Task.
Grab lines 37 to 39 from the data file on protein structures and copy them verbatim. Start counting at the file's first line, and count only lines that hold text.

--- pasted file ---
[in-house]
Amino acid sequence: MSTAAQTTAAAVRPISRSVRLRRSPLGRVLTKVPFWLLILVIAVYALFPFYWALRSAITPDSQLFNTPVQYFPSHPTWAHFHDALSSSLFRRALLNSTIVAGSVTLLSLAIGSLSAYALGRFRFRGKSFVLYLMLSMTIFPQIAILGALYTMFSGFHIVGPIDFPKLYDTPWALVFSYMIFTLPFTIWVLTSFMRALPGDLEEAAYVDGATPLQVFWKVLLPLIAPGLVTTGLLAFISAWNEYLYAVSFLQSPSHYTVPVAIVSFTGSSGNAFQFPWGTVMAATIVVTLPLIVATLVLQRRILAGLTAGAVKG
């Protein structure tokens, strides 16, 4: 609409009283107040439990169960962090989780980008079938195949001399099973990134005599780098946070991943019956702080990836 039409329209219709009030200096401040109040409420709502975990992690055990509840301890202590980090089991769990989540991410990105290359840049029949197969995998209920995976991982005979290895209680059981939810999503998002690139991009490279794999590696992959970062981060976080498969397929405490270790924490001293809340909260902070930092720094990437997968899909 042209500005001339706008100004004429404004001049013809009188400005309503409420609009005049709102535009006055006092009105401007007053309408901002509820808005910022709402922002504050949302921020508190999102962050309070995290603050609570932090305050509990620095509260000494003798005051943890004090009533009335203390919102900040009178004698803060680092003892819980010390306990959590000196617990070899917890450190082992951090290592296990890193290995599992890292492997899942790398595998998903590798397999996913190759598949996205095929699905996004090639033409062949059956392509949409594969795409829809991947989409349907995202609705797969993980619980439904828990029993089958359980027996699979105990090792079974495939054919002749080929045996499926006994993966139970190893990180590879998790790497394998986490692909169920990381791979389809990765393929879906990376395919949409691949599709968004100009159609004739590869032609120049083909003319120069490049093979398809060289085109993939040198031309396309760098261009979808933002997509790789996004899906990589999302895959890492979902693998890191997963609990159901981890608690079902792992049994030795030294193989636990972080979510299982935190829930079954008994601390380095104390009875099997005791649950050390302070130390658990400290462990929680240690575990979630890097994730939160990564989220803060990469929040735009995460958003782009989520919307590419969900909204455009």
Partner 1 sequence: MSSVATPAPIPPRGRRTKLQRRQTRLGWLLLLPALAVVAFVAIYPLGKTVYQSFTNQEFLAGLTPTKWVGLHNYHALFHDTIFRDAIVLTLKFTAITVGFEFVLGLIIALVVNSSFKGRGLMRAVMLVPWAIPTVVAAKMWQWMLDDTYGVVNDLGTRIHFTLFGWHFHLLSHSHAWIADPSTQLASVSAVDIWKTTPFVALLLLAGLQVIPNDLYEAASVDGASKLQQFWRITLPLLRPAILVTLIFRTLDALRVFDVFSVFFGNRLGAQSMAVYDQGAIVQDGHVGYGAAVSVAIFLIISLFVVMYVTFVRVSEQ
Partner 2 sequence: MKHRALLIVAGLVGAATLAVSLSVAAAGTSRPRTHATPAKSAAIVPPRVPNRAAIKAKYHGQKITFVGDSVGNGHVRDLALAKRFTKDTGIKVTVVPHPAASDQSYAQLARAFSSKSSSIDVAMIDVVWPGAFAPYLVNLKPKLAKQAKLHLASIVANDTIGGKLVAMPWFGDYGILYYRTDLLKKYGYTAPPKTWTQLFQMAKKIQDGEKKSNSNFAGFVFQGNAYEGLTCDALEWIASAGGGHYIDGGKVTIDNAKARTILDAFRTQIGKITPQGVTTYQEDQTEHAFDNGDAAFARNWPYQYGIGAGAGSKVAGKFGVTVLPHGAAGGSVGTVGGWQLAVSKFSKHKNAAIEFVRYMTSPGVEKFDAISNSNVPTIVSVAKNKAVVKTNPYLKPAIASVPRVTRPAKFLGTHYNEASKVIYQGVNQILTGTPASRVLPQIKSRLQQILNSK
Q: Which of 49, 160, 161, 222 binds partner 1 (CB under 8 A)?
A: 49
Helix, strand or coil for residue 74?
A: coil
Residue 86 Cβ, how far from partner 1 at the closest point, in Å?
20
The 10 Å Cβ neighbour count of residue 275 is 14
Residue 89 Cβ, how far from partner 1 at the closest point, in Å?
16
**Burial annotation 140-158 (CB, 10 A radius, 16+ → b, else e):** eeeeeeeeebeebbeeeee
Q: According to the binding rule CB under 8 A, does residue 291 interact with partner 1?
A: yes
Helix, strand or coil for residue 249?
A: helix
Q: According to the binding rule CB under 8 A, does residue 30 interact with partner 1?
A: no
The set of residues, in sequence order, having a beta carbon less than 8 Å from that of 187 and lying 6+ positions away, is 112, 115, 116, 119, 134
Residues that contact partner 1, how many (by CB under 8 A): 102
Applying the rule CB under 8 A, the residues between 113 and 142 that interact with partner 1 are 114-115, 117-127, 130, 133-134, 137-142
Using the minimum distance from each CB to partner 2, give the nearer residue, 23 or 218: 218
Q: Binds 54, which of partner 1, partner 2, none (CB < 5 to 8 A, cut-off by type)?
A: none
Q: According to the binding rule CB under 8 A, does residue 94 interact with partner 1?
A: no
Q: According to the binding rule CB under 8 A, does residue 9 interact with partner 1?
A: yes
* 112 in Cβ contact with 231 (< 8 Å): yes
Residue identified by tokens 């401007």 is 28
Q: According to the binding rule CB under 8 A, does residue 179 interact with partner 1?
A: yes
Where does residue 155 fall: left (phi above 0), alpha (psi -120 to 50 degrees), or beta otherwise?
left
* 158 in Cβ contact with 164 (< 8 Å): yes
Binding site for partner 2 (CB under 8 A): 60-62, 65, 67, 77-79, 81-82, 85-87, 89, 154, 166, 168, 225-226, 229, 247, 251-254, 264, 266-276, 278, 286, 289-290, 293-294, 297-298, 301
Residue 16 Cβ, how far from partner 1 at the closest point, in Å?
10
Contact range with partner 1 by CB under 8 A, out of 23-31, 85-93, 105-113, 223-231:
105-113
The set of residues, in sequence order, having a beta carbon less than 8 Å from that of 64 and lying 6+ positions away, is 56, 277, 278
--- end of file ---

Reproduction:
left
* 158 in Cβ contact with 164 (< 8 Å): yes
Binding site for partner 2 (CB under 8 A): 60-62, 65, 67, 77-79, 81-82, 85-87, 89, 154, 166, 168, 225-226, 229, 247, 251-254, 264, 266-276, 278, 286, 289-290, 293-294, 297-298, 301